March 23rd, 2018

First Page Critique

This month I chose an ‘en media res’ beginning. They can be fast-moving and titillating – but they’re not easy! You need to clearly lay out the stakes, and since you don’t have time to flesh out a character, (and make us care about them) at least give us a rough idea of who the characters are, and lay the emotion!

Black = original

Red = my thoughts/comments

Purple = text I added/altered

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I crawled forward from the cargo hold after the plane stopped throwing us around, careful. I made sure to find handholds at each point in case the plane jolted again. Only when I reached the cockpit did I pull myself upright, grabbing the door frame for support.

Remember, the reader comes cold to the page. We need a bit more setting for us to settle into the story. Questions I have after reading this far: Is this WWII? Current day? Are they still flying, or have they crashed? It doesn’t sound like a commercial flight because ‘cargo hold’, so what is it? Fedex jet? Military plane? See how we don’t know?

Lieutenant Robert Jones, our pilot, smiled when he saw my reflection. Reflection in what? A mirror? The windshield? If they’ve been thrown around – I’m guessing due to a storm – would he be smiling? “Glad you came up, Lieutenant Bowman. Sit there.” He motioned to make sure I heard him over the engine’s grating noise. A motion wouldn’t make him be heard – a motion would be to make his meaning clear in case he wasn’t heard. The engine must have swallowed a huge amount of sand as we went through the storm which would explained why it now sounded so Thanks to the sandstorm, it sounded much worse than it had when we left Malta.

Why are they going? On a mission? Is it critical they get there? That’s important, because it goes to the stakes. Are they in danger of crashing? The readers don’t know how to gauge how dangerous this is unless they know what’s at stake.

I twisted into the other seat, behind a half-wheel identical to his. like the one he gripped.

I find myself wondering why he doesn’t have a co-pilot, or a navigator. I’m not an expert, but I don’t think the government/a company would trust a big plane to one pilot, would they? Is anyone else on the plane? These are the only two people mentioned, so the reader will assume it’s  just them if you don’t tell us differently. Easy fix if there are – up in the top, ‘I crawled forward from the airmen packed cargo hold’.

“Find the two ends of the seat belt and fasten it around you.”

A belt held him to his seat. Ah, ‘seat-belt’. I found the ends of mine and fitted the prong into an eyelet.

We all know about the two parts of a seat belt, and how to use them. Unless this person doesn’t know what a seat belt is. Is that what you’re trying to tell us? Since we don’t know the time period, we can’t guess.

“Take the yoke.”


“That half-wheel in front of you.”

I threw up my left hand between us as if it could block his words. “But. But I can’t fly an airplane.” I shouted as loud as I could although he wasn’t much more than a foot away. I wanted to be sure he heard my objection. We know why.

The sound must be very loud – wouldn’t he think that his ears are hurting? Is it hard to think? Is he afraid? What’s missing here is the emotion (wait, is the POV character a woman or a man? You haven’t told us). You want the reader to feel like they’re in the cockpit, and experiencing this, firsthand. To do that, you have to use the senses (sound, sight, smell) and emotions. Is it day? Night?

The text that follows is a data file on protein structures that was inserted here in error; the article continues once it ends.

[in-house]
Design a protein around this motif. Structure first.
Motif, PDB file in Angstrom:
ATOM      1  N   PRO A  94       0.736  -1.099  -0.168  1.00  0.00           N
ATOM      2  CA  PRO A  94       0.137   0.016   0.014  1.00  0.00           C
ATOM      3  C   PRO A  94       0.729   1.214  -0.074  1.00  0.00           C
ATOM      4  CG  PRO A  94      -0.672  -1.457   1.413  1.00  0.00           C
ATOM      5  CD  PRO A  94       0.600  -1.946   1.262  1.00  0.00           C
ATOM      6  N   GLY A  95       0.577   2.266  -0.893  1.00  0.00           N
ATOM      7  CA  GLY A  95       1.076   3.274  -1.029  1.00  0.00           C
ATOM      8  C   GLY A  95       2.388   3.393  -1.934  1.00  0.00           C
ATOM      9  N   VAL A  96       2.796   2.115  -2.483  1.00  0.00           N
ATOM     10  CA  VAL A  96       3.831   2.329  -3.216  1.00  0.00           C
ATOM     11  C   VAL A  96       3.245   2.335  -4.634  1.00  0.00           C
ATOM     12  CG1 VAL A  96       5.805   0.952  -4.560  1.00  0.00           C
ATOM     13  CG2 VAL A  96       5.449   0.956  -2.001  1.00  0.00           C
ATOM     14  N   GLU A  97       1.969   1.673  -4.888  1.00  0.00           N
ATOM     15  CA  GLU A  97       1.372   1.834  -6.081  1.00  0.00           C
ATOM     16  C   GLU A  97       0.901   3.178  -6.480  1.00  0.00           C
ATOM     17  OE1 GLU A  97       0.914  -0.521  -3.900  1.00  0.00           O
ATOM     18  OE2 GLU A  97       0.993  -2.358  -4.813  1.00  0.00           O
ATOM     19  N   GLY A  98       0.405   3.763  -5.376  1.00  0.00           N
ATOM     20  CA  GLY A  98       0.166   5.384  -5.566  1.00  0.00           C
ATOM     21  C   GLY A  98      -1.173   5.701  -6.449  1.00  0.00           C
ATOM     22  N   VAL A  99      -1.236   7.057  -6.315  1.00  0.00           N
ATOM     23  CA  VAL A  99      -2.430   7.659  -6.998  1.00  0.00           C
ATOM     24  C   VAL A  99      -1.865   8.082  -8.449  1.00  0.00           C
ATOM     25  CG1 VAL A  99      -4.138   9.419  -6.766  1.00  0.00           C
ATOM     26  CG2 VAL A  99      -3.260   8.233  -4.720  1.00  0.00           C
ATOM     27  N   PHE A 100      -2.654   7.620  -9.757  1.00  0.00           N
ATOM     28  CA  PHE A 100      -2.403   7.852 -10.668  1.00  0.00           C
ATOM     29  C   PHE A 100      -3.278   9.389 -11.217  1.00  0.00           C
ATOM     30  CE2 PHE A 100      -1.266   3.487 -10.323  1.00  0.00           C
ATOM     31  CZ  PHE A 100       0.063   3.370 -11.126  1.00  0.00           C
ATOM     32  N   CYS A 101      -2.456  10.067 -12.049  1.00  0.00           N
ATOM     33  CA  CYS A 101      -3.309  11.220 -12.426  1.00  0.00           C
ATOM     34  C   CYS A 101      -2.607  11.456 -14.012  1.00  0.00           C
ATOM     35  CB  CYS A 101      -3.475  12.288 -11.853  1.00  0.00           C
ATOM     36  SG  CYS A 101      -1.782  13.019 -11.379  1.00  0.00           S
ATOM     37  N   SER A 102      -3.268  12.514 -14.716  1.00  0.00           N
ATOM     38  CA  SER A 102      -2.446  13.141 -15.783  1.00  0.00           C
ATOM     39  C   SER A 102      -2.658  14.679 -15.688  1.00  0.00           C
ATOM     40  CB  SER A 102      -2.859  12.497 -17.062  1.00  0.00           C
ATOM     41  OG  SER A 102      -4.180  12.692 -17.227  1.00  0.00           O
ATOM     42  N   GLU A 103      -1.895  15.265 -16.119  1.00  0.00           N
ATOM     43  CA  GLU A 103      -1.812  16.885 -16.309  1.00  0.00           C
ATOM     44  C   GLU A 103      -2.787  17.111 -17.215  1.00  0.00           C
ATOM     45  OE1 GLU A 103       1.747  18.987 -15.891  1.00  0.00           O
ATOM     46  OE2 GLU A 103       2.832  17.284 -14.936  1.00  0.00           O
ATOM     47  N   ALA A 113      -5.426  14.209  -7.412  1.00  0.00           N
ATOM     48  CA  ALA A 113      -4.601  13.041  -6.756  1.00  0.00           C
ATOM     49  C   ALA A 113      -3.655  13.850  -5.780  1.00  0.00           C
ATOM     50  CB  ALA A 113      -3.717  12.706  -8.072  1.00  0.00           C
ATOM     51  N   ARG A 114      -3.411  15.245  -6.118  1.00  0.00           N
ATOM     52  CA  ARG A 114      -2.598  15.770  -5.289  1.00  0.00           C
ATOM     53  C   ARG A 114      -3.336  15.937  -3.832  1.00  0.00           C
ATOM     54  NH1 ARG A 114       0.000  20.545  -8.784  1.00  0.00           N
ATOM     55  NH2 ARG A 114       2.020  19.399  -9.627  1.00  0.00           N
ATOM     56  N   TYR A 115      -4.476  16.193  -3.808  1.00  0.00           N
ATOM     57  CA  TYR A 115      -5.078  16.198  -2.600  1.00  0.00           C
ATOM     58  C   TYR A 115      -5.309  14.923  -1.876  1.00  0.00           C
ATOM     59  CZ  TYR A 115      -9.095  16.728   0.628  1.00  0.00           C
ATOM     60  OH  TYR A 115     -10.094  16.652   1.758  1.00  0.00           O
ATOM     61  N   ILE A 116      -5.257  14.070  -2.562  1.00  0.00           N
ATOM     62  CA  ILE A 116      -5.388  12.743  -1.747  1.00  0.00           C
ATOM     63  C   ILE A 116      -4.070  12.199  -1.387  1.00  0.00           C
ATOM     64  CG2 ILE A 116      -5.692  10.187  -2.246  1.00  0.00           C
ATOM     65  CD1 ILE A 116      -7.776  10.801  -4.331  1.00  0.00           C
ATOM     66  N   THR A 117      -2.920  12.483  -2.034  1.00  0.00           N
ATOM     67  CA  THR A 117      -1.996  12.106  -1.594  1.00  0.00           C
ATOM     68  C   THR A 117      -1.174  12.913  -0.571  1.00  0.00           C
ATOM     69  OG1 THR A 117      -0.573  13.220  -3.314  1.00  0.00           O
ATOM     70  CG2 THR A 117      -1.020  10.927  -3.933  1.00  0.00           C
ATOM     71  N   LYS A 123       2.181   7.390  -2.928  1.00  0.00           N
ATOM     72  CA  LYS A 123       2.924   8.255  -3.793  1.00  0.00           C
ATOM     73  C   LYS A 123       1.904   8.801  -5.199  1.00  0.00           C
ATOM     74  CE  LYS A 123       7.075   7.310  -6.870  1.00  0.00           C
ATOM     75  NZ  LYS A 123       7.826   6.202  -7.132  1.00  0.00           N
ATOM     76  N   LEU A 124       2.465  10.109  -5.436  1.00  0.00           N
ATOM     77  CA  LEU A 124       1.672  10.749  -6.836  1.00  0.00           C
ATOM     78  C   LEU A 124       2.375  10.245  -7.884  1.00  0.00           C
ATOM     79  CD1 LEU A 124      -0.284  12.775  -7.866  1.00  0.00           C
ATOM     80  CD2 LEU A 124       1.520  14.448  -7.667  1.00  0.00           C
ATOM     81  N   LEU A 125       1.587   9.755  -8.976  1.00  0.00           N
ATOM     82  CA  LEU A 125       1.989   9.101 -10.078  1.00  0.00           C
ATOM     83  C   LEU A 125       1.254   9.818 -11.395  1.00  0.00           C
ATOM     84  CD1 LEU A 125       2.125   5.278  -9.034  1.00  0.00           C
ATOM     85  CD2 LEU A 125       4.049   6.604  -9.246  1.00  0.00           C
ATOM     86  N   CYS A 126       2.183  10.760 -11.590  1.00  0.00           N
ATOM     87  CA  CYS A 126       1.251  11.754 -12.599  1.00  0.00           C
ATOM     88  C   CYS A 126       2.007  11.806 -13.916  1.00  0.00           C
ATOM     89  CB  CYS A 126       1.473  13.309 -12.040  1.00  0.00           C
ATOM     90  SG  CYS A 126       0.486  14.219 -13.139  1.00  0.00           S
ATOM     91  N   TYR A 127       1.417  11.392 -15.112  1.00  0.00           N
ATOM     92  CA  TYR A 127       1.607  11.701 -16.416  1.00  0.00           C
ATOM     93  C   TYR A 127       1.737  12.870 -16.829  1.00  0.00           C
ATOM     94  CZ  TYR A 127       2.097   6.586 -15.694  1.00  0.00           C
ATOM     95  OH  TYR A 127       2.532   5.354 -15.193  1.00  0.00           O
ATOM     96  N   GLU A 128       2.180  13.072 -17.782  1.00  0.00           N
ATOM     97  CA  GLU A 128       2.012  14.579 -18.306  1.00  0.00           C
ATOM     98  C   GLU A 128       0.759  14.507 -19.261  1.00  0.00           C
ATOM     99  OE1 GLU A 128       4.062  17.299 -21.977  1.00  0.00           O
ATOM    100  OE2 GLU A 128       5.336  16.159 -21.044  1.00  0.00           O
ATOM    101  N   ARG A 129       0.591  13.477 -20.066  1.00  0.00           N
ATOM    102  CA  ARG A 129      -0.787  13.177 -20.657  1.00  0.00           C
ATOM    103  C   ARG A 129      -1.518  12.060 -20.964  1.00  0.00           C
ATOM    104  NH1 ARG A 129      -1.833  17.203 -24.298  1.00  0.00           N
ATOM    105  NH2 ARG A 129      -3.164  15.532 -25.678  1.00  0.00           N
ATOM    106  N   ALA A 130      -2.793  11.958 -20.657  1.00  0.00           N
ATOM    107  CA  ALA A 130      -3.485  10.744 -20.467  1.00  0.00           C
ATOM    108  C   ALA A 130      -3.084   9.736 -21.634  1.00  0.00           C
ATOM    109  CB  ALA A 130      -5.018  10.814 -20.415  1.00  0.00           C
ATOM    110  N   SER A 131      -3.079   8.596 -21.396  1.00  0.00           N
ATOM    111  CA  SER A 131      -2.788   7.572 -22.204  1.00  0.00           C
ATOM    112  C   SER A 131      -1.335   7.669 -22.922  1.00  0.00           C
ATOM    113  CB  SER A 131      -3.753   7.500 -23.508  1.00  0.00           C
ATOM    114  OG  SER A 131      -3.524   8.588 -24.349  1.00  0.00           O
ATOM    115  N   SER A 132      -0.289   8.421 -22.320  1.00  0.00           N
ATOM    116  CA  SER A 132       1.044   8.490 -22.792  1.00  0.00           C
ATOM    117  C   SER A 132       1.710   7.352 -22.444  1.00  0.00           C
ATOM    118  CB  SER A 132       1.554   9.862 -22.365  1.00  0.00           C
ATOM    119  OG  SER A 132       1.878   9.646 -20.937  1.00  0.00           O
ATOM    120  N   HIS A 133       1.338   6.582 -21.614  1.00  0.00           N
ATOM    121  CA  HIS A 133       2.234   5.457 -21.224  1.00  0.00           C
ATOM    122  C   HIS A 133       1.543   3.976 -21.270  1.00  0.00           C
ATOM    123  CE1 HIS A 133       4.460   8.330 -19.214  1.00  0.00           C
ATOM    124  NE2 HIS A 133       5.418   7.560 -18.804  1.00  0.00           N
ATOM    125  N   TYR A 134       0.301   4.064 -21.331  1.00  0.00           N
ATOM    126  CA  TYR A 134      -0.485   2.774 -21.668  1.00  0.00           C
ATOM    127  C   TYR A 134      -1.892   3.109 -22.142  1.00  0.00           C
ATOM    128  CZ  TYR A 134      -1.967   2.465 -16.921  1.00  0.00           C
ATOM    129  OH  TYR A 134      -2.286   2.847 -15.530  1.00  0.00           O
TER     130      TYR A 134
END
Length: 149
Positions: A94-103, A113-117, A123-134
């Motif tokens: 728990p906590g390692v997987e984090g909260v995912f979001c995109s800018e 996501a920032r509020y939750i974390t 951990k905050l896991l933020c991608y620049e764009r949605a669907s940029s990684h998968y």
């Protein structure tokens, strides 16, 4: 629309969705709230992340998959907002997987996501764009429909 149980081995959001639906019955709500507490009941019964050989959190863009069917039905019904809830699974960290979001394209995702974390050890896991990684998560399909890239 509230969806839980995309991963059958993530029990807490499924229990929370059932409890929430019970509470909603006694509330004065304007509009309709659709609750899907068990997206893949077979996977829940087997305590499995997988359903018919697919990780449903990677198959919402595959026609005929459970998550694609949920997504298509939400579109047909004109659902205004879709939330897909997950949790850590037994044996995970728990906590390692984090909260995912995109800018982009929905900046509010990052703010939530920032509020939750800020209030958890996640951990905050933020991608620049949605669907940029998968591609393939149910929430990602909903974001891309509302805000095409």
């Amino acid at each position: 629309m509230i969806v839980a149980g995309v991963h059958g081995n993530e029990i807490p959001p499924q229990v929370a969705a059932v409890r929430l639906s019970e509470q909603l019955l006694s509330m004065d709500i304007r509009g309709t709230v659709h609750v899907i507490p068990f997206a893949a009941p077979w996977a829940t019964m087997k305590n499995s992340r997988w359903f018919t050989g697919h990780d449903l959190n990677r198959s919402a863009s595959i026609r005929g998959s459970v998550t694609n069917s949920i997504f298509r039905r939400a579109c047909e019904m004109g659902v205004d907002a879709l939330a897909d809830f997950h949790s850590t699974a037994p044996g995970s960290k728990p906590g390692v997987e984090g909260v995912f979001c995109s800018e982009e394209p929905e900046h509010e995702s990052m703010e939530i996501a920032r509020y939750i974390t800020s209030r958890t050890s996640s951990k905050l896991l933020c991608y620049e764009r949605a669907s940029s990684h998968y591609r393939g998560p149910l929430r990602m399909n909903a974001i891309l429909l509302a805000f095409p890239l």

“Can you drive a car?”

“Well…” I didn’t want to admit it, but I could hardly lie.  “Well…

For some reason, he took that as a yes, though few women had driven before the war. “The yoke moves in more directions than a steering wheel, but just keep it steady. you’ll just be keeping it steady. You just have to remember not to Be sure not to move it forward or back while you keep it steady side to side. I’ll be here to make slight adjustments.”

Ah, here we find it is a woman, and, I’m assuming, WWII? Why is he showing her how to fly the plane? Is he injured and incapable of doing it himself?  But he was smiling earlier, and seems nonplussed, so that doesn’t seem right, either.

I’m betting you had everything I’ve mentioned in that perfect scene in your head. We all do this…we’re so busy getting the scene on paper, that we forget details. That’s what critters (critique partners) will help you with.

This can be a tense, tension-filled scene that will launch the reader into the rest of the book, with a brush-up.  I’d fill in the blanks, and set the stakes early.  Take a line or two to set the stage – set the stakes, then give us the emotion of what it’s like to be in that cockpit! This has the bones to be a great first scene!

It’s a delicate balance, telling the reader what they need to know, in a compelling way, without an info dump. Trust your critters (critique partners) to tell you when you have the right mix.

Hope you find this helpful!

What say you, WITS readers? Have you begun a story ‘en media res’? Did you struggle with it? Why and how?

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Author Headshot SmallLaura Drake is a city girl who never grew out of her tomboy ways, or a serious cowboy crush. She writes both Women’s Fiction and Romance.

She sold her Sweet on a Cowboy series, romances set in the world of professional bull riding, to Grand Central. The Sweet Spot won the 2014 Romance Writers of America®   RITA® award in the Best First Book category.

Laura began a video blog for writers, answering their burning questions. You can watch all the episodes HERE. If you have a question you’d like her to address in a future episode, leave her a comment!

Did you know Laura teaches craft classes? Check out her upcoming ones, both online and in person, HERE.

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